Language nitpickers, unite.
A new Google Chrome extension can now replace almost every instance of the word “literally” with the word "figuratively" on websites. (Some instances, like the word appearing in tweets, will not be taken out.)
English-language sticklers have long been peeved by the technically incorrect use of the word “literally,” as in the sentence “I am literally dying of thirst right now.” Those sticklers would point out that you mean “figuratively,” not “literally,” as chances are you merely want a cool beverage and are not actually in any medical danger.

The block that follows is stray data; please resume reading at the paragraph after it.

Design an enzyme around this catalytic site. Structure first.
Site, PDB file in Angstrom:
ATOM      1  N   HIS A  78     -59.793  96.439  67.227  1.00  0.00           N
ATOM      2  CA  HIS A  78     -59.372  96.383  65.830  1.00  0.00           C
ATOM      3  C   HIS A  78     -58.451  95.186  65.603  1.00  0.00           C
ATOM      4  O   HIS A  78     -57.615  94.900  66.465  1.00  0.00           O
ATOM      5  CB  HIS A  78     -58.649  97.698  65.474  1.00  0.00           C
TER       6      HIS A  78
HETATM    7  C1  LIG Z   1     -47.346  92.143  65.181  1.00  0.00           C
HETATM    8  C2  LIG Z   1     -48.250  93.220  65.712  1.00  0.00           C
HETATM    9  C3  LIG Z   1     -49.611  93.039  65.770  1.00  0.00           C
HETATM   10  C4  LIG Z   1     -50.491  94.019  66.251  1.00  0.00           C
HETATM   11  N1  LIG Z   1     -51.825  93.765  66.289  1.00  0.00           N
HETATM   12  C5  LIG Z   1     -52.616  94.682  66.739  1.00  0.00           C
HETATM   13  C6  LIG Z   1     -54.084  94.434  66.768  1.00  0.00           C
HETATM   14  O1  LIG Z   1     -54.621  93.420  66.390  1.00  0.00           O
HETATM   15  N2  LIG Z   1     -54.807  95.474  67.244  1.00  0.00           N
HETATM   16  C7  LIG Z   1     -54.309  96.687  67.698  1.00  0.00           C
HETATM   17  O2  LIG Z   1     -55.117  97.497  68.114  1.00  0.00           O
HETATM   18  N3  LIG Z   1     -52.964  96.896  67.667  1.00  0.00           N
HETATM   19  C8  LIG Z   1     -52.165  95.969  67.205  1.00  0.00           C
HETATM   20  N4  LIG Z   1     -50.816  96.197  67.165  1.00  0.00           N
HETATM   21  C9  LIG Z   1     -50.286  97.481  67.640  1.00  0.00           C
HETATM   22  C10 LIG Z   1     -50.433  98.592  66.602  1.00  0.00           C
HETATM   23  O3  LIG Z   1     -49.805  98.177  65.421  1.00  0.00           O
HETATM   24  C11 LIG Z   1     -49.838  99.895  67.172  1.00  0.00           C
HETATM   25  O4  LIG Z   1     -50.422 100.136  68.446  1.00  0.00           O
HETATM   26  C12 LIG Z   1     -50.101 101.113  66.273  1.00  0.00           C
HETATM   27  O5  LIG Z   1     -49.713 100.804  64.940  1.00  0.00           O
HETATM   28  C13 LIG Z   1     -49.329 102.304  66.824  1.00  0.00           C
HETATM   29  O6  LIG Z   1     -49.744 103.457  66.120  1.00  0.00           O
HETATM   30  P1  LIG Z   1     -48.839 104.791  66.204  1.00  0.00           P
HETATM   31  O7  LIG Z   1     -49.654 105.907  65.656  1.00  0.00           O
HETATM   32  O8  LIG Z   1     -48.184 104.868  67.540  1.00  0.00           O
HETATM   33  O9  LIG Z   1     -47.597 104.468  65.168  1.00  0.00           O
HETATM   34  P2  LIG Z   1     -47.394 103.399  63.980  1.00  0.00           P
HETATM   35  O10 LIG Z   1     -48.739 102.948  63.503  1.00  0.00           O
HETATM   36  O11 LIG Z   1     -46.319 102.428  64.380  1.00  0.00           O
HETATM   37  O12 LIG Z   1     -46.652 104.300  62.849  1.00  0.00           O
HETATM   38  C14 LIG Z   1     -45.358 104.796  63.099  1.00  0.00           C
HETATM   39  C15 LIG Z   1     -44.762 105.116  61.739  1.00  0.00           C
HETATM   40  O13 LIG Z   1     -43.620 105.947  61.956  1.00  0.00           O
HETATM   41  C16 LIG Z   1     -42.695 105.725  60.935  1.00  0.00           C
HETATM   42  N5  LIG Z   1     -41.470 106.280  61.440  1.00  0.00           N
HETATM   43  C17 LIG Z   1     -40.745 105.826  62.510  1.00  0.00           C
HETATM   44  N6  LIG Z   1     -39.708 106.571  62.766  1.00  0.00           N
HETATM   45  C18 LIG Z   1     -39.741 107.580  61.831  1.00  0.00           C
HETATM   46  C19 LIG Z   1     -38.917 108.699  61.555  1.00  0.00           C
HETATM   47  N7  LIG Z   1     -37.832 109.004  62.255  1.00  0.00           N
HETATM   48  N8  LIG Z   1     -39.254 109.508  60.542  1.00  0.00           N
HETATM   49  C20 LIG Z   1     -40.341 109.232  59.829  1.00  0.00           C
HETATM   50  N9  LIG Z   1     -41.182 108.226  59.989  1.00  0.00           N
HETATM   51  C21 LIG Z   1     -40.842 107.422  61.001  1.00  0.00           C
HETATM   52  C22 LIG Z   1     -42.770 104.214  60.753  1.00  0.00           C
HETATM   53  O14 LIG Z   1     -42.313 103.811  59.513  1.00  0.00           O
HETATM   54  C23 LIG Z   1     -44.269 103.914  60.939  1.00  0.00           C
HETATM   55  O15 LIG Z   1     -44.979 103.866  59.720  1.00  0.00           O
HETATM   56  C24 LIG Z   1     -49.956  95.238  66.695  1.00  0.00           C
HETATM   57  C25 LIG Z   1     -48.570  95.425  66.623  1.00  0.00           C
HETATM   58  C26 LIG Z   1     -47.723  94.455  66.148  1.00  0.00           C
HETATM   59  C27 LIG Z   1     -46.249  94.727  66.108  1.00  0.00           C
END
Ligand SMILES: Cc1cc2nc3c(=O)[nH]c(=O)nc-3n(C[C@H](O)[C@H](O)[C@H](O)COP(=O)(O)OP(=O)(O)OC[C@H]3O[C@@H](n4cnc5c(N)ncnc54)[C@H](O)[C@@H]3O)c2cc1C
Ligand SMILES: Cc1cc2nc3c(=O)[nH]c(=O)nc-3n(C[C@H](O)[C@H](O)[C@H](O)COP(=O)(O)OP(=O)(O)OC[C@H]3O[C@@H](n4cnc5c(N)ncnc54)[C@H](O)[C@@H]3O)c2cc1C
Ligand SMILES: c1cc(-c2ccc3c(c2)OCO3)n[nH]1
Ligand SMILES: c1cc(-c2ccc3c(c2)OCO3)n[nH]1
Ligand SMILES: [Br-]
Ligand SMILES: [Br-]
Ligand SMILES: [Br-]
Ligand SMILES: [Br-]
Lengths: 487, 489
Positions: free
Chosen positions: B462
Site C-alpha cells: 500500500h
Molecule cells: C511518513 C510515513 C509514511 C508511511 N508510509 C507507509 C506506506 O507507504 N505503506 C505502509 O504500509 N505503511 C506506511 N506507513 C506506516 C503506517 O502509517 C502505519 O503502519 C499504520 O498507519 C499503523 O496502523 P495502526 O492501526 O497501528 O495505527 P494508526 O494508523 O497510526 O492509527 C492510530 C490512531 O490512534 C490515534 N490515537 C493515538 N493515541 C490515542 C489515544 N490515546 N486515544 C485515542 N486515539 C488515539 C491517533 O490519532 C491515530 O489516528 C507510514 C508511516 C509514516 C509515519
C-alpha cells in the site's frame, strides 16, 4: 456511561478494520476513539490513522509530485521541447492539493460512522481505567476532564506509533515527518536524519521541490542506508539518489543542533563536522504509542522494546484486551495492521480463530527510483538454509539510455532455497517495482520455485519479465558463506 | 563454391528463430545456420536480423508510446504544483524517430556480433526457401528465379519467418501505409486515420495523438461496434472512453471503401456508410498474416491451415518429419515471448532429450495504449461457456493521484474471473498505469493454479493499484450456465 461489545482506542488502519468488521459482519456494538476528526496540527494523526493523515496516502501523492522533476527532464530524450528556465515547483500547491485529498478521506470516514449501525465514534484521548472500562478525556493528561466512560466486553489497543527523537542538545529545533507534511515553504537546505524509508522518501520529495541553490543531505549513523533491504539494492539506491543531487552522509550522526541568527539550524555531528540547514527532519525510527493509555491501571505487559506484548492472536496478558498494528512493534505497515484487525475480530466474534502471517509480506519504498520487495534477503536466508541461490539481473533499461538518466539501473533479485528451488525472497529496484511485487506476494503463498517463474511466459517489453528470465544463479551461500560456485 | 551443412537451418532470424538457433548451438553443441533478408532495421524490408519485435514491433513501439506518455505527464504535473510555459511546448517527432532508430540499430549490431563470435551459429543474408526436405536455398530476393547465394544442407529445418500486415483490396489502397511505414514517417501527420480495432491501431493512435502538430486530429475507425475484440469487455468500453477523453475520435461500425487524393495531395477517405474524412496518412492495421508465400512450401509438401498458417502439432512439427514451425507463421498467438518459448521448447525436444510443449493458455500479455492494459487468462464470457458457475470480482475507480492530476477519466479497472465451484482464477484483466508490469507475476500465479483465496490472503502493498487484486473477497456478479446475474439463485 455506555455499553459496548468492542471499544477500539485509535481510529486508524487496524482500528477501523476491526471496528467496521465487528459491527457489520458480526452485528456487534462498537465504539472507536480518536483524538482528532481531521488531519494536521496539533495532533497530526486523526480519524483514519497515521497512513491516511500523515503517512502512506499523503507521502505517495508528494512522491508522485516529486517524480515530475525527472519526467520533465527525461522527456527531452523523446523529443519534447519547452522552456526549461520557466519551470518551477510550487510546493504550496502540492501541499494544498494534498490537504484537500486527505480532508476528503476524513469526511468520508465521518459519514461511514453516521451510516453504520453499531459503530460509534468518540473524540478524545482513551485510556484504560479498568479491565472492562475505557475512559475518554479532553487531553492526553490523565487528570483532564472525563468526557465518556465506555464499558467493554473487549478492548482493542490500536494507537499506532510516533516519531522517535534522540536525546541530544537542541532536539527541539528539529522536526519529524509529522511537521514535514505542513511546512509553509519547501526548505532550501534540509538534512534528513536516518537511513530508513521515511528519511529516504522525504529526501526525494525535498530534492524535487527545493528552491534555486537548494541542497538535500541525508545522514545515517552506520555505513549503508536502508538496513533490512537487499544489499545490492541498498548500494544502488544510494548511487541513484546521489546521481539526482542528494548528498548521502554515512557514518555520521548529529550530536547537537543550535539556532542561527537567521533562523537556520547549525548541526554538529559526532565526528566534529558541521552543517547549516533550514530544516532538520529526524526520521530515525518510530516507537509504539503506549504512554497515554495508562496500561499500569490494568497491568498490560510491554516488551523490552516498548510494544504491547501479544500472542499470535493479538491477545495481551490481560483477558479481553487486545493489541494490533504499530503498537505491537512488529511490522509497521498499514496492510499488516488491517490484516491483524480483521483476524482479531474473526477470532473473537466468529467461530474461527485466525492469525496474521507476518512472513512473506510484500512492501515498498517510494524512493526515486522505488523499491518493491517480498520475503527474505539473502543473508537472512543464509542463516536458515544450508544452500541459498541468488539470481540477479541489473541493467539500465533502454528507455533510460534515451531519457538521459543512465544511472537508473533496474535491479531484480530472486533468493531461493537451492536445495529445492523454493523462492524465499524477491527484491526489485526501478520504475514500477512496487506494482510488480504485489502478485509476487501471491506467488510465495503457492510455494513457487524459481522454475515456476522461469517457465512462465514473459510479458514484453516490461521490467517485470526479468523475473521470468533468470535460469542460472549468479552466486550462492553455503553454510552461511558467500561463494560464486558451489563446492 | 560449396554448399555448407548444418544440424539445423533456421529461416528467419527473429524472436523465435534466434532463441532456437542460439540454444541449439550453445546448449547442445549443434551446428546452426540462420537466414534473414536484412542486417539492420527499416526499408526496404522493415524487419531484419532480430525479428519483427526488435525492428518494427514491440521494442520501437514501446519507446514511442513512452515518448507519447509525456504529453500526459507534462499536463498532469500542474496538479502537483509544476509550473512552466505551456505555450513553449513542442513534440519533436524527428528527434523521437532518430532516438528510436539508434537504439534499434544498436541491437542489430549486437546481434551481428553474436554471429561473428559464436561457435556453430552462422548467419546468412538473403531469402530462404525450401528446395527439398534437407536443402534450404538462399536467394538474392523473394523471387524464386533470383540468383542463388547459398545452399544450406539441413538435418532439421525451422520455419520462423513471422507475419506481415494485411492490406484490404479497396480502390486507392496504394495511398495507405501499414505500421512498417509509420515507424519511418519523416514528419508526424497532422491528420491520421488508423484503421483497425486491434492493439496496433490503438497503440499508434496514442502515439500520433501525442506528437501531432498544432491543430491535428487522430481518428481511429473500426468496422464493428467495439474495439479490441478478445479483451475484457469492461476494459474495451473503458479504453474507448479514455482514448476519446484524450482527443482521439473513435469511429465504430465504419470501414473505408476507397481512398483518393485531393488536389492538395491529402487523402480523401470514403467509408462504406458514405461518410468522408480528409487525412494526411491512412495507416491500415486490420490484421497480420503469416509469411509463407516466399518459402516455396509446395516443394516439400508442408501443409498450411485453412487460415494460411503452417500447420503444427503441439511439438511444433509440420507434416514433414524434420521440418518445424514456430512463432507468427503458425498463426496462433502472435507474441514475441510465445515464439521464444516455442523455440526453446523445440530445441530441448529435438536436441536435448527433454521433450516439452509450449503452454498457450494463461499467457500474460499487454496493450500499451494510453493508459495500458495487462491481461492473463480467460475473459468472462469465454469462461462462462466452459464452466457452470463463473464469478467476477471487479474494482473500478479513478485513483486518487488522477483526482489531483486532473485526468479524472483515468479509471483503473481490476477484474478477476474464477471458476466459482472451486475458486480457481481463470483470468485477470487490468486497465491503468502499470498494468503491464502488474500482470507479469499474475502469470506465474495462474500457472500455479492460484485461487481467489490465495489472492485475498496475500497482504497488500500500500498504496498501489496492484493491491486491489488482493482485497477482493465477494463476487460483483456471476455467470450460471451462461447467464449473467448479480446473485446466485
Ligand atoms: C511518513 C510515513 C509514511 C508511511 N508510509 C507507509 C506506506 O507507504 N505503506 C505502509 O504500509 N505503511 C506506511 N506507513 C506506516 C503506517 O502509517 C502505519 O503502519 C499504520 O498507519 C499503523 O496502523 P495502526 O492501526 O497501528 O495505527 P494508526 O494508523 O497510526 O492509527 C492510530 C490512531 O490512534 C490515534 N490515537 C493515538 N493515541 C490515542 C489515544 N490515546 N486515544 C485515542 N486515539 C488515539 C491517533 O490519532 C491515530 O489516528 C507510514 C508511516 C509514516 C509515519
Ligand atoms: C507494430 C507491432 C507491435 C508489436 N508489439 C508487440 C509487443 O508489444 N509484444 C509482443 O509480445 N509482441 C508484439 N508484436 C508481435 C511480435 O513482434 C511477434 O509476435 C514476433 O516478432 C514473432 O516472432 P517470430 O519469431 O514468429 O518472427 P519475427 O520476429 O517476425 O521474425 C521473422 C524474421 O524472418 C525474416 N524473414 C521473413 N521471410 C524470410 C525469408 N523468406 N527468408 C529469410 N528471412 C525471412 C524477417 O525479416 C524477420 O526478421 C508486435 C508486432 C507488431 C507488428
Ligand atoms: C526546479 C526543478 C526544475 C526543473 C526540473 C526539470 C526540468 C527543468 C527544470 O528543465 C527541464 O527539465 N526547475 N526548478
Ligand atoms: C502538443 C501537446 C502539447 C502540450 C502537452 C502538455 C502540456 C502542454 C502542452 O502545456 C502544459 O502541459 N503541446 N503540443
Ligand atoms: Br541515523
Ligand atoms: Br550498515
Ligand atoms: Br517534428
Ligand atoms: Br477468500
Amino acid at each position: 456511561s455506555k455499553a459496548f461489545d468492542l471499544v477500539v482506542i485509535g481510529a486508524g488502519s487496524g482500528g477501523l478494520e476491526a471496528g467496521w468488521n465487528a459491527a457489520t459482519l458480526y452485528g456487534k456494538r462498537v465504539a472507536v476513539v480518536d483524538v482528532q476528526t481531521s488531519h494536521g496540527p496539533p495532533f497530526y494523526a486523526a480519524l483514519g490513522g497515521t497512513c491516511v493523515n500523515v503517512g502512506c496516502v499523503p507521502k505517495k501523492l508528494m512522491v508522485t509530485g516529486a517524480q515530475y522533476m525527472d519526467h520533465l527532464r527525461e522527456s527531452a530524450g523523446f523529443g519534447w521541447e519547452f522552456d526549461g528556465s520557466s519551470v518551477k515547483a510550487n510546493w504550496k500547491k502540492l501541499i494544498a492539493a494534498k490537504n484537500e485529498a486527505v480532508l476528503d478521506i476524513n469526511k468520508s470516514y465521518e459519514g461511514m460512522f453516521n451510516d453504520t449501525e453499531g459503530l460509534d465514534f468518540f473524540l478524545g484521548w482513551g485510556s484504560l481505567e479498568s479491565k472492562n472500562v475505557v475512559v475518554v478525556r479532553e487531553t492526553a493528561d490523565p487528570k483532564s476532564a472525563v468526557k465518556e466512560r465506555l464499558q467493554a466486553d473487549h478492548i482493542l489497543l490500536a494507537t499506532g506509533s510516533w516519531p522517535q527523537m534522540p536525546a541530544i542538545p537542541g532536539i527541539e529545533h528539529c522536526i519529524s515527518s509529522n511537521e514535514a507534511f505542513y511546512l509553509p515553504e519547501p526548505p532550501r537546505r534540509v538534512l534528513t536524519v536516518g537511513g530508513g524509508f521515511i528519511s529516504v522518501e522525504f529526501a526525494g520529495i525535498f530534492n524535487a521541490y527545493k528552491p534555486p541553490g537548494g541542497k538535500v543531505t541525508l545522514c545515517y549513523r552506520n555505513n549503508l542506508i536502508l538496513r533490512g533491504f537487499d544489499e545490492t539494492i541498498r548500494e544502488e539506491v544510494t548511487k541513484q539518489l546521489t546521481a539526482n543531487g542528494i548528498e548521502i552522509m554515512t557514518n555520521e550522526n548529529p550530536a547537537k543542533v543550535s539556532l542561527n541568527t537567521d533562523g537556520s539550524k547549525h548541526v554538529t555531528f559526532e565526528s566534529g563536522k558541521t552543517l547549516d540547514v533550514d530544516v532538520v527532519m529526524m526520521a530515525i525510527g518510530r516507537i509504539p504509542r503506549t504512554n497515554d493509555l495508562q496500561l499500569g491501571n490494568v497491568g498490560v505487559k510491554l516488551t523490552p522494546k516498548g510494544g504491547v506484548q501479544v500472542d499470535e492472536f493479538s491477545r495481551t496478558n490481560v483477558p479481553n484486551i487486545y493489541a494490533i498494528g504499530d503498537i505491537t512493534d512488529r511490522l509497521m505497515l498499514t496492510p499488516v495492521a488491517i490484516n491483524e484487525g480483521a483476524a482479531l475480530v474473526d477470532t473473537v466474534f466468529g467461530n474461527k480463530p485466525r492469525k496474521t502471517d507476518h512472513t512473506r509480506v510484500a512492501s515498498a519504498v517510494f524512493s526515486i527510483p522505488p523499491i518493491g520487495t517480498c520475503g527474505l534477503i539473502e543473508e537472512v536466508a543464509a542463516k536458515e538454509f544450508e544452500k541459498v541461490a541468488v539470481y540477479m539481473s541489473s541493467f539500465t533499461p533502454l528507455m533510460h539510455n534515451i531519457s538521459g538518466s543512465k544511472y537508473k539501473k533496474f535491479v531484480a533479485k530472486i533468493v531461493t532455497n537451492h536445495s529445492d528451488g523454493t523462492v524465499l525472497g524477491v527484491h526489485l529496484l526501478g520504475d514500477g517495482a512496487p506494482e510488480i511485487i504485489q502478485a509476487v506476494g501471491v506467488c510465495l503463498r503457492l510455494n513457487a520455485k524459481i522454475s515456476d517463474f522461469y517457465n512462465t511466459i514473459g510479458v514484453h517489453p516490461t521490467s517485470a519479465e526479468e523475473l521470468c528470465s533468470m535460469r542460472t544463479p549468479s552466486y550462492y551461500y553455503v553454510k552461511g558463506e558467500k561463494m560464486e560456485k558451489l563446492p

Of course, the fact that the Google Chrome extension replaces almost every use of the word “literally” with “figuratively” means that correct uses of “literally” will be taken out as well.
As pointed out by NPR, those who bemoan the incorrect use of “literally” are losing ground: even the venerable Oxford English Dictionary added the definition “used for emphasis rather than being actually true” to its entry for “literally” in 2011.
The incorrect use of the word is nothing new, however. The Telegraph writer Steve Hawkes cites writer Frances Brooke as the earliest person to make the slip. In 1769, Brooke wrote, “He is a fortunate man to be introduced to such a party of fine women at his arrival; it is literally to feed among the lilies.”
Meanwhile, author Mark Twain wrote in “The Adventures of Tom Sawyer” that his hero was “literally rolling in wealth.”